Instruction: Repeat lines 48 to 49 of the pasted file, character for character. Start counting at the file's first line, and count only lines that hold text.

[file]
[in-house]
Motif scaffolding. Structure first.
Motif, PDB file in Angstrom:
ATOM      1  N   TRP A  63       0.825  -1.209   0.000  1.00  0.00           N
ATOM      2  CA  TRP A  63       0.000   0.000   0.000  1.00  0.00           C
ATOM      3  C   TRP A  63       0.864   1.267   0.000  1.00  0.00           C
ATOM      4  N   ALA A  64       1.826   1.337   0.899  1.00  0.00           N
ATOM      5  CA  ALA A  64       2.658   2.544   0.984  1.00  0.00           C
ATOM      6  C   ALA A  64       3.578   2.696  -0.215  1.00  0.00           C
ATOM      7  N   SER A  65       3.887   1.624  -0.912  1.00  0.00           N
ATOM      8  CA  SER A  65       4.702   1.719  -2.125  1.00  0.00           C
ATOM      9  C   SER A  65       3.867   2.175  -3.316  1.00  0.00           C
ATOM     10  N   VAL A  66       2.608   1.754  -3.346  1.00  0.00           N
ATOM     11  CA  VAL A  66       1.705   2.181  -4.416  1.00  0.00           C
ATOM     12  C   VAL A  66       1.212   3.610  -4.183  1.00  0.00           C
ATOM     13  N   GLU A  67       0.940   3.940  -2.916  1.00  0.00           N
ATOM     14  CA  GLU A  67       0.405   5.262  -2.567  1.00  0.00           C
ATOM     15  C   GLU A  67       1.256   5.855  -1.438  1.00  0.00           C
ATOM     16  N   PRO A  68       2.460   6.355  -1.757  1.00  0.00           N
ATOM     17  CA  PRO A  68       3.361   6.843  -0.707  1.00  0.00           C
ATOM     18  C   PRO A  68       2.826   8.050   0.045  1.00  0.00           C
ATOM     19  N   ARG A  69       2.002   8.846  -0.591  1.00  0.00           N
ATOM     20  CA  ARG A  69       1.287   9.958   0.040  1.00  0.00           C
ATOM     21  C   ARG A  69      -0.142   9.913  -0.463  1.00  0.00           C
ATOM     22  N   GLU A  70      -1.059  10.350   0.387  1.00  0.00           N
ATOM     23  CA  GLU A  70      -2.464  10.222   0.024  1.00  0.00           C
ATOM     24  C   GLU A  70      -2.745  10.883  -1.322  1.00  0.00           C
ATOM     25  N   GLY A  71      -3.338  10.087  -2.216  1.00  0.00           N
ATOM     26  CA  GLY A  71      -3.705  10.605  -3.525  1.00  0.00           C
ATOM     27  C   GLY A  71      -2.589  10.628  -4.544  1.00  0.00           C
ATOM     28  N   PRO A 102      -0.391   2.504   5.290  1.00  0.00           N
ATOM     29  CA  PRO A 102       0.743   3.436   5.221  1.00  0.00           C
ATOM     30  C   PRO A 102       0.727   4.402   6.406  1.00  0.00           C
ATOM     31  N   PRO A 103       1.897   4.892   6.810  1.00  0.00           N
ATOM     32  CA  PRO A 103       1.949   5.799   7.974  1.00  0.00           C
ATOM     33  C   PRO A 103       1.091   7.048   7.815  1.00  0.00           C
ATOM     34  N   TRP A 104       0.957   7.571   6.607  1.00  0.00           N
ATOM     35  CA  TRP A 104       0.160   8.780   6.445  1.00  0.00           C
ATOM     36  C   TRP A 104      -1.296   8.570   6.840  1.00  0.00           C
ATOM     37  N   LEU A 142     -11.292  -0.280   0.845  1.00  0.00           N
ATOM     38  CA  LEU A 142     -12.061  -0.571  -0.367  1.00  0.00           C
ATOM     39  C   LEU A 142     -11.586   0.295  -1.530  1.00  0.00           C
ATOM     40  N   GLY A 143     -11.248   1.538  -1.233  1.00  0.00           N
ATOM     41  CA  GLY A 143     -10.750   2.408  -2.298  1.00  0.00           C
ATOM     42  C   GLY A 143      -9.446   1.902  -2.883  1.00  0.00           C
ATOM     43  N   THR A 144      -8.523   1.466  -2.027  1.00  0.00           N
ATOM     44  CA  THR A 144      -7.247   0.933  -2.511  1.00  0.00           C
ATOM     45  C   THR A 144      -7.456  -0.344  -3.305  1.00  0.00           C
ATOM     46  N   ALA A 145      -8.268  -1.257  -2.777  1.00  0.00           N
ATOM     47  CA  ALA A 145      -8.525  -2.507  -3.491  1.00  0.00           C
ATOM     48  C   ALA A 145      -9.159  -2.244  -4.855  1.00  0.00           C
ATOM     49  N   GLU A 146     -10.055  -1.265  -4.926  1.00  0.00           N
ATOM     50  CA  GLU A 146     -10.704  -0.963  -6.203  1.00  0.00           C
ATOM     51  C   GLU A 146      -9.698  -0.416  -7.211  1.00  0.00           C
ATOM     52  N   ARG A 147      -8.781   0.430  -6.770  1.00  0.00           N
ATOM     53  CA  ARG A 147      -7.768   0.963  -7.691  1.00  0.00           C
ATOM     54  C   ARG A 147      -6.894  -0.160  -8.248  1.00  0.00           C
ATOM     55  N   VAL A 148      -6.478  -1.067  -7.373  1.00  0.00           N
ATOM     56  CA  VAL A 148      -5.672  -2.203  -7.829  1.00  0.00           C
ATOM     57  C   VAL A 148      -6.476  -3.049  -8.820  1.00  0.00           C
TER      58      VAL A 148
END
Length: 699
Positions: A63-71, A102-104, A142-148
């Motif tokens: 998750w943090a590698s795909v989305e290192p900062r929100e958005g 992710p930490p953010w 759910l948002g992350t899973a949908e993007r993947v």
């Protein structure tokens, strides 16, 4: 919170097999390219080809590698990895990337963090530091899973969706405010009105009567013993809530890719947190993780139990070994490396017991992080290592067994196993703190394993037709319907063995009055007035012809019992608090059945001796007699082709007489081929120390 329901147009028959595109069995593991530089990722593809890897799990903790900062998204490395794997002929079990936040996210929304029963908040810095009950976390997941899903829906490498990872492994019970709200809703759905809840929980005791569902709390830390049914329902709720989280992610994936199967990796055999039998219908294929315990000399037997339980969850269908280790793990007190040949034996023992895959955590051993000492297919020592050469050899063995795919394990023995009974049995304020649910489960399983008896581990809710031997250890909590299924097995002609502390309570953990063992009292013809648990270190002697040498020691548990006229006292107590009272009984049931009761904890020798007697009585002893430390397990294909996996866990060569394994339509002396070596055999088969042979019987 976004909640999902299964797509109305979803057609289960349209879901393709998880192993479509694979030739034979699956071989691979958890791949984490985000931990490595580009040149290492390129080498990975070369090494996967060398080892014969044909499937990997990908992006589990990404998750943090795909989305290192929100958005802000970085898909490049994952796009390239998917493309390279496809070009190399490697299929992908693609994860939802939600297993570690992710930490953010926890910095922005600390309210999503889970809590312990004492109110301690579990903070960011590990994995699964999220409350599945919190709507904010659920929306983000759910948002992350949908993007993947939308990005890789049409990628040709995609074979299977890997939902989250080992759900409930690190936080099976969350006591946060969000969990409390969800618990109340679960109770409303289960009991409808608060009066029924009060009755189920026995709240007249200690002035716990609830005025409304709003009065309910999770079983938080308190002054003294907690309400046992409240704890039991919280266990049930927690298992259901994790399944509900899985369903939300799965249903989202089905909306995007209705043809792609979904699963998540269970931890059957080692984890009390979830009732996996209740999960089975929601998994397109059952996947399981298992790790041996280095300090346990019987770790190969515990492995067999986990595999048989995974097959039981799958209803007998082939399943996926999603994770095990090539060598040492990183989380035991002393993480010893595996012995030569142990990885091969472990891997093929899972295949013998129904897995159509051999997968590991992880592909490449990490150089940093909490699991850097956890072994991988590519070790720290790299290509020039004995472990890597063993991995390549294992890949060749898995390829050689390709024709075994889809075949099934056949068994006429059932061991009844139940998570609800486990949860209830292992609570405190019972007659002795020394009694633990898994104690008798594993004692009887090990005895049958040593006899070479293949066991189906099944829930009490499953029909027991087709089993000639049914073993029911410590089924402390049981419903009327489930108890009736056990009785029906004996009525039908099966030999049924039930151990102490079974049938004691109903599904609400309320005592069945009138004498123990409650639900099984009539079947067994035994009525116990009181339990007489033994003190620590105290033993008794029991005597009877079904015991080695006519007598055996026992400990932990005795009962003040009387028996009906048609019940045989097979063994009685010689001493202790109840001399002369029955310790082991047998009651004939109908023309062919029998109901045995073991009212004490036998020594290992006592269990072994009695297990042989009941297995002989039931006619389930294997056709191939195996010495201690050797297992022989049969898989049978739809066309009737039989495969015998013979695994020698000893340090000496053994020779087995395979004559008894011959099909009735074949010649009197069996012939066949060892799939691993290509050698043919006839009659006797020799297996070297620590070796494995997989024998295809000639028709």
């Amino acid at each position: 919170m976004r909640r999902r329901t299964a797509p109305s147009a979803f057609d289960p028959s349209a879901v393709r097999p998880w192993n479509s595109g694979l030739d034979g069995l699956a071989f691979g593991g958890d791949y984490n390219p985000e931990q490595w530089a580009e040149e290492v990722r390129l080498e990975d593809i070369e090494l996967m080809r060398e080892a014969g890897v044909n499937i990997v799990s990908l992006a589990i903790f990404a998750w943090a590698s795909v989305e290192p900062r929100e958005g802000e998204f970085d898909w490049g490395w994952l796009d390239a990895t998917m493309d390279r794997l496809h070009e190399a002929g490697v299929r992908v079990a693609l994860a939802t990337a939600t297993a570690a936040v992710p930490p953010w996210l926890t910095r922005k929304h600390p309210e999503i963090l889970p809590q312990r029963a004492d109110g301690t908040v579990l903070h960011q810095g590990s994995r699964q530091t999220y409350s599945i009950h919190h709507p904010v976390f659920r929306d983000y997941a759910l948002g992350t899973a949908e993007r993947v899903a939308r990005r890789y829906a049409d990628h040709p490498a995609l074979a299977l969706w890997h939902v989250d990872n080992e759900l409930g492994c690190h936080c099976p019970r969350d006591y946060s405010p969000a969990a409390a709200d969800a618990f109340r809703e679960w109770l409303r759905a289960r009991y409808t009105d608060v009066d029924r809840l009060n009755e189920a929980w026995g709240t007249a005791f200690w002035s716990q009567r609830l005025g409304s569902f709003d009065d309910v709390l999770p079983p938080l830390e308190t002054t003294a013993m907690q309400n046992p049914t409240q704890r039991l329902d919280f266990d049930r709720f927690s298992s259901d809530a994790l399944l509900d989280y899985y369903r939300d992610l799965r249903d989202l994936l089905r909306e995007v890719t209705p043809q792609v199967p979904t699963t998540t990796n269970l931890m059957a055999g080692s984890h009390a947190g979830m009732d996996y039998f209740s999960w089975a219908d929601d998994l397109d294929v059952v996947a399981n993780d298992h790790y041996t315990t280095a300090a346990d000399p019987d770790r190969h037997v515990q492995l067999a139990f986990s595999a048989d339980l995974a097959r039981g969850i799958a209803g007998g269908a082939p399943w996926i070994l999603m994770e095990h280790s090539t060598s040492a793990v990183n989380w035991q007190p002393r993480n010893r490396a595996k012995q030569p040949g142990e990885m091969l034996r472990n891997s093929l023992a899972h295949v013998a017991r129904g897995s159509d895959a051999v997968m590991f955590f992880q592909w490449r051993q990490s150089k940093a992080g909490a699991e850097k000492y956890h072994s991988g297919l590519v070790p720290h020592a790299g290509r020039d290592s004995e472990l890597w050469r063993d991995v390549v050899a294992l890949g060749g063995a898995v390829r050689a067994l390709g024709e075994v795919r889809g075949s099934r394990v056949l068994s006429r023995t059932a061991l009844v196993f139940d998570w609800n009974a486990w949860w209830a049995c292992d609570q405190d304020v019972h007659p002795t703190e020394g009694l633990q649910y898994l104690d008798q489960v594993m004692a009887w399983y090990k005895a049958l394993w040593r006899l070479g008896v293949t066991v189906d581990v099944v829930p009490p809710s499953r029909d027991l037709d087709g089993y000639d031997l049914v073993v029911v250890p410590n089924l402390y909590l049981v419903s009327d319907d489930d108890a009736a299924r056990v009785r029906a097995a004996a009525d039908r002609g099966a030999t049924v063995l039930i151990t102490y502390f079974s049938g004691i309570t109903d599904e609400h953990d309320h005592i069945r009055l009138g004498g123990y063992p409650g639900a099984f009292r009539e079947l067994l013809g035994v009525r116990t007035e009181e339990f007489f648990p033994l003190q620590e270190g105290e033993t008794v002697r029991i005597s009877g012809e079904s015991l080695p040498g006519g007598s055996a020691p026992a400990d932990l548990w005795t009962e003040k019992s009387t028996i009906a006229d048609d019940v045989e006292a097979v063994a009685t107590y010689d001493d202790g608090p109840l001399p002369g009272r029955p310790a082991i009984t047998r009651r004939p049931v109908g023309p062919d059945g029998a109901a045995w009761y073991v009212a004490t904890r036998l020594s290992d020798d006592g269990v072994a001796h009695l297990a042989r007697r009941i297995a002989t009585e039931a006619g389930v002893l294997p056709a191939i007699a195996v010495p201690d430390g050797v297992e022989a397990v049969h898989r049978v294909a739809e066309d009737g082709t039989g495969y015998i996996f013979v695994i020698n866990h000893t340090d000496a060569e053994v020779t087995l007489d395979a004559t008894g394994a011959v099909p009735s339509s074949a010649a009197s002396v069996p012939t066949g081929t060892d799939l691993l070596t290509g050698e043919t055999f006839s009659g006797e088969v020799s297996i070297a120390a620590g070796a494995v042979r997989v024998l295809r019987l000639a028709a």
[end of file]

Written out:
ATOM     45  C   THR A 144      -7.456  -0.344  -3.305  1.00  0.00           C
ATOM     46  N   ALA A 145      -8.268  -1.257  -2.777  1.00  0.00           N